Yesterday morning I attended a chapel service commemorating Veteran’s Day.  A few dozen veterans, some from World War II, some from Korea and Vietnam, some from the Gulf Wars, and some just starting their service, were seated near the front of the huge sanctuary.  The choir sang “O, Beautiful, for spacious skies, for amber waves of grain…”  As they sang verse after verse, I began to hear the voices of those seated around me –men and women in uniforms, jackets, and vests, denoting their service — began to sing along.  At first it was quiet, but it built, unashamedly — that song of unity.

Music unites us. 

It’s a gift, isn’t it.  We don’t need it, surely.  It’s an unnecessary blessing that breathes life into us, refreshes us, and inspires us.  Thank you, God, for music.

Psalm 96:1

Sing to the Lord a new song; sing to the Lord, all the earth.

Sing to the Lord, praise his name; proclaim his salvation day after day.

Thank you

Military roots run deep in this family.

My father-in-law enlisted in the Army in the mid 1950s, and stayed in the Reserves until his retirement.

My father enlisted in Marines in the late 1950s and served his tour in California. His brothers all served, too.

My brother-in-law attended West Point in the early 1980s and served in Germany before he became a Reservist. He later re-activated and did two tours in the Middle East, worked in the Pentagon, and retired just recently.  He now works for FEMA, continuing to serve our country.

My husband enlisted in the Army ROTC at Central Michigan University in the early 1980s. He served as a reservist until we were married in 1990.

My sister enlisted in the Navy in the mid 1980s and served as a recruiter until her retirement.  She also now works for the federal government.

My nephew enlisted in the Air Force ROTC when he began his studies at MIT. He is now an officer and an aeronautical engineer working for the USAF.

It came as no surprise two and a half years ago when our son told us he was enlisting in the Army.  He has been wearing fatigues since he was 18 months old.  He and his dad (and certainly his sisters) spent hours on the floor setting up little plastic green Army guys in intricate patterns.  He was awe-struck by his uncle — his uniform and his huge responsibilities.  And, he always knew the serious calling that the military was — the willingness to lay it all down for people you love and for people you don’t even know.  He knew that signing on the line was agreeing to that.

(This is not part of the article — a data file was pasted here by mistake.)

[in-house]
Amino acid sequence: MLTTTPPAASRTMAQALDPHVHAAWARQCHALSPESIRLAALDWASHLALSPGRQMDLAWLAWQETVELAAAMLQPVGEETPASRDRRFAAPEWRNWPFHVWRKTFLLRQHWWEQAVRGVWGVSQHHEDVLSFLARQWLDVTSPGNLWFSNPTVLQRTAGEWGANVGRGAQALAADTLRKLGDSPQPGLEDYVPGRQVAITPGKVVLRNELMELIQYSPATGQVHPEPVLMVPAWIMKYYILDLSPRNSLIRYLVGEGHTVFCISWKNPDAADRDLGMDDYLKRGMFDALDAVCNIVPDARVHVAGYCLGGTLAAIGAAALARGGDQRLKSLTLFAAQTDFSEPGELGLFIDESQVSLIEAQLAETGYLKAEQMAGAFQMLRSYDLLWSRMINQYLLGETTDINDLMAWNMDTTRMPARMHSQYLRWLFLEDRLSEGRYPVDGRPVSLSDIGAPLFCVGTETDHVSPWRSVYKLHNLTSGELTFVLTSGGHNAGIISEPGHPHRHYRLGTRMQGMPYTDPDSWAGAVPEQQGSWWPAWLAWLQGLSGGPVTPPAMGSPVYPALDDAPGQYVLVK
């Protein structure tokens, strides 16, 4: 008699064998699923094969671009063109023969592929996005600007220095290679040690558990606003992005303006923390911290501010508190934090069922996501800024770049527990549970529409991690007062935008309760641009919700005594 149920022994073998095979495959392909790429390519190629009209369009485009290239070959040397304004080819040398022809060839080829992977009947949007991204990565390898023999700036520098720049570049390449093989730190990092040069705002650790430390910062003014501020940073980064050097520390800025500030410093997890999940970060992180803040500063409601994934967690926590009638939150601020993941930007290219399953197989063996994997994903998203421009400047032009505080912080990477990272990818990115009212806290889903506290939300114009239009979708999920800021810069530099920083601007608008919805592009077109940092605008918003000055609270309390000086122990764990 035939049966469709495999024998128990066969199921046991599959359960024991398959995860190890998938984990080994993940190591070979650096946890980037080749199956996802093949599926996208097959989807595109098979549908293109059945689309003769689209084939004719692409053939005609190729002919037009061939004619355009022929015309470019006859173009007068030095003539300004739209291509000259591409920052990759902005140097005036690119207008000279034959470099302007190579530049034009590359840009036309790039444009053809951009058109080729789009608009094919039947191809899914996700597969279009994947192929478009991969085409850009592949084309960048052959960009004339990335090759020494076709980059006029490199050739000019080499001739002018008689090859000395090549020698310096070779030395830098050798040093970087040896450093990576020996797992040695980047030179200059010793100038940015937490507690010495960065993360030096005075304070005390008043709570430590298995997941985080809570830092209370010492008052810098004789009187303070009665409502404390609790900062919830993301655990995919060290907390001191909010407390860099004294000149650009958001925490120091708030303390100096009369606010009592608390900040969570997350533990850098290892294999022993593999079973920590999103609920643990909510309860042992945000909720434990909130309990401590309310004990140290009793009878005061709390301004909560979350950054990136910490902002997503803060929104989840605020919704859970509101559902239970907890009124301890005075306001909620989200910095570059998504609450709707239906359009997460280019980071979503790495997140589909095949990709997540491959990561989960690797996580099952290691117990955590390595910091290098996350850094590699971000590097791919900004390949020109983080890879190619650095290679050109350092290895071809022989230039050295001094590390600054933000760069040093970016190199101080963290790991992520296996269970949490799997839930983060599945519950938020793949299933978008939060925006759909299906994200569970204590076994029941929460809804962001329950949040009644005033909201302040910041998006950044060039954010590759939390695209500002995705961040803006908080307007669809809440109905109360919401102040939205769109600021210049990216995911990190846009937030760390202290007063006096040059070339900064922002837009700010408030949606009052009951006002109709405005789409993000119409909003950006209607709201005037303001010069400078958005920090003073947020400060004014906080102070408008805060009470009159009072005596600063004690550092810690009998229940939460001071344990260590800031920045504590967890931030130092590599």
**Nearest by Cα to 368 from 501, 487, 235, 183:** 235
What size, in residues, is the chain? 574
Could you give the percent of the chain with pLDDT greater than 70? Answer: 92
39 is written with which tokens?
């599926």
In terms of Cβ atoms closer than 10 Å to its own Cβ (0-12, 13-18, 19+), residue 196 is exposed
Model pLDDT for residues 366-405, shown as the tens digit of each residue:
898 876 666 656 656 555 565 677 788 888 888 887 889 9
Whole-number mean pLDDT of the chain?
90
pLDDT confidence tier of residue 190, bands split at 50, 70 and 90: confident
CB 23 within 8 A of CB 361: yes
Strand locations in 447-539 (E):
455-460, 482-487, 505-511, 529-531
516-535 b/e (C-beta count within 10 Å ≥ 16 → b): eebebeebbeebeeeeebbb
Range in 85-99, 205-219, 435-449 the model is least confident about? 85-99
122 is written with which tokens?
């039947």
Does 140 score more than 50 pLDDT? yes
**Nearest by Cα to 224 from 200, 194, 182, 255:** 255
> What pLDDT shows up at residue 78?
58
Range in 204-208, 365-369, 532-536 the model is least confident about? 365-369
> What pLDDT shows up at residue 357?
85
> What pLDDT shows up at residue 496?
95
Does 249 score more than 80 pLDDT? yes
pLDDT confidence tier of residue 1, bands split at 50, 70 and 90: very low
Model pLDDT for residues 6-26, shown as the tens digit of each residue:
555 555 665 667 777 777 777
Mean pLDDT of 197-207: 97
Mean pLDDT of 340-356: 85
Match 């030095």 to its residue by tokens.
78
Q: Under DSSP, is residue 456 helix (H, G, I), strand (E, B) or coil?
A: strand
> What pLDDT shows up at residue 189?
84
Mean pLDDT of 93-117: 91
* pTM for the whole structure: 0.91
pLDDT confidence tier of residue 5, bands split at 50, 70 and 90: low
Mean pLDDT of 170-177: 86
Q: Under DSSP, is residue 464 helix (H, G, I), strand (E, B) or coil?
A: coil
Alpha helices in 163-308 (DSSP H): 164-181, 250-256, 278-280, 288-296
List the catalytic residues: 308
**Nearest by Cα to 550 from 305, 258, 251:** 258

So did all the others, and they still agreed to it.  Every one of them.

Countless men and women have signed on the line.  They have agreed to wear the uniform day in and day out.  They have agreed to years of minimal pay, mediocre food, long hours, and looming danger to protect people they love and people they have never met.

They get a few perks.  This past weekend our son got four days off from work.  He got to run a 10-mile race for his battalion with a team of fifteen other guys. They get camaraderie — buddies they will have for the rest of their lives.  They get world travel — our son went for three weeks to South Africa on a training mission. They get world class training — in everything from navigation to first aid to strategy to firearms.

They also have the daily risk, even when they are just training, that someone won’t make it.  They train hard to be in the top physical condition so that they will be able to withstand extreme circumstances.  They learn to jump out of aircraft in the dark of night so that they can land in territory where they have never walked. They practice firing weapons so that they can with speed and accuracy take out an enemy.

They do a lot of things that you and I would rather not know about.  And they do them willingly to protect us at risk of their own lives.

For this we take one day each year, today, to say thank you.

So, thank you.  We are proud of you and of your sacrifice.